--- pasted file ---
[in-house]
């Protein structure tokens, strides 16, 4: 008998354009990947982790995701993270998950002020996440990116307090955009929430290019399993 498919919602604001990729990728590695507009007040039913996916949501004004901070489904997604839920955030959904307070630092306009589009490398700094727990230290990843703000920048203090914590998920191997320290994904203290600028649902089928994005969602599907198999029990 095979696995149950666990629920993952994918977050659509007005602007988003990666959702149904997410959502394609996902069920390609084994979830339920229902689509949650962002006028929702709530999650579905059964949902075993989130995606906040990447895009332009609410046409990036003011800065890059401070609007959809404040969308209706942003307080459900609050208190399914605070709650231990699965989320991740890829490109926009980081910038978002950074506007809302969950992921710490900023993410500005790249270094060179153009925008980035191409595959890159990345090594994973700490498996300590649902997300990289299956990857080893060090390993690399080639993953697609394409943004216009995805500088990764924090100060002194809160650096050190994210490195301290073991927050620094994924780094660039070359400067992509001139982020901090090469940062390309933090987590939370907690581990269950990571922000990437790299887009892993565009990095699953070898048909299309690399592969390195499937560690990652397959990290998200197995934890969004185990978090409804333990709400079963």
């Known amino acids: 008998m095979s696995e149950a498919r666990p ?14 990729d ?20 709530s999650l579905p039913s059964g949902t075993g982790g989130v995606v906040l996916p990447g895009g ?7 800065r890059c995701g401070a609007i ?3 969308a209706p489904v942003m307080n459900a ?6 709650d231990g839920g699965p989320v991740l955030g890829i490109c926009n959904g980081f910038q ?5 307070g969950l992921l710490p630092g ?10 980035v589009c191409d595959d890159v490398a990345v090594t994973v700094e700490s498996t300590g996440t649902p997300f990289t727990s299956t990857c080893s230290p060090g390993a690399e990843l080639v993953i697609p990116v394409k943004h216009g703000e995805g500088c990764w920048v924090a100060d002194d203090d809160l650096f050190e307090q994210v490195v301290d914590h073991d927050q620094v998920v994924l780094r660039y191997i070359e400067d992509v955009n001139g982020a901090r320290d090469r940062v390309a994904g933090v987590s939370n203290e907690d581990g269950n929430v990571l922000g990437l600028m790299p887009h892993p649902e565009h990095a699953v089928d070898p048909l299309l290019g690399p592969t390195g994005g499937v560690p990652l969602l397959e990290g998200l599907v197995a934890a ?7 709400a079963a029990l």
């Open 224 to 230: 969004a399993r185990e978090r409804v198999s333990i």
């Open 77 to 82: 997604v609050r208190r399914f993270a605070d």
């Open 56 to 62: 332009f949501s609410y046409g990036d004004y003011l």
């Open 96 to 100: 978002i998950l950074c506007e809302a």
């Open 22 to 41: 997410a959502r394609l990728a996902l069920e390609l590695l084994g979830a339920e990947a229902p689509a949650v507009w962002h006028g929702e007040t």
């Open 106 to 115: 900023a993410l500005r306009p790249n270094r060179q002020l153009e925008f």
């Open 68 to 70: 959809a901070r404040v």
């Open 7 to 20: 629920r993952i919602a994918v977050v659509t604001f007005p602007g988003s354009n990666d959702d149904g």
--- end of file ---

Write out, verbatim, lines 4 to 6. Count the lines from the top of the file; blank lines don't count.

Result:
């Open 224 to 230: 969004a399993r185990e978090r409804v198999s333990i």
């Open 77 to 82: 997604v609050r208190r399914f993270a605070d």
């Open 56 to 62: 332009f949501s609410y046409g990036d004004y003011l």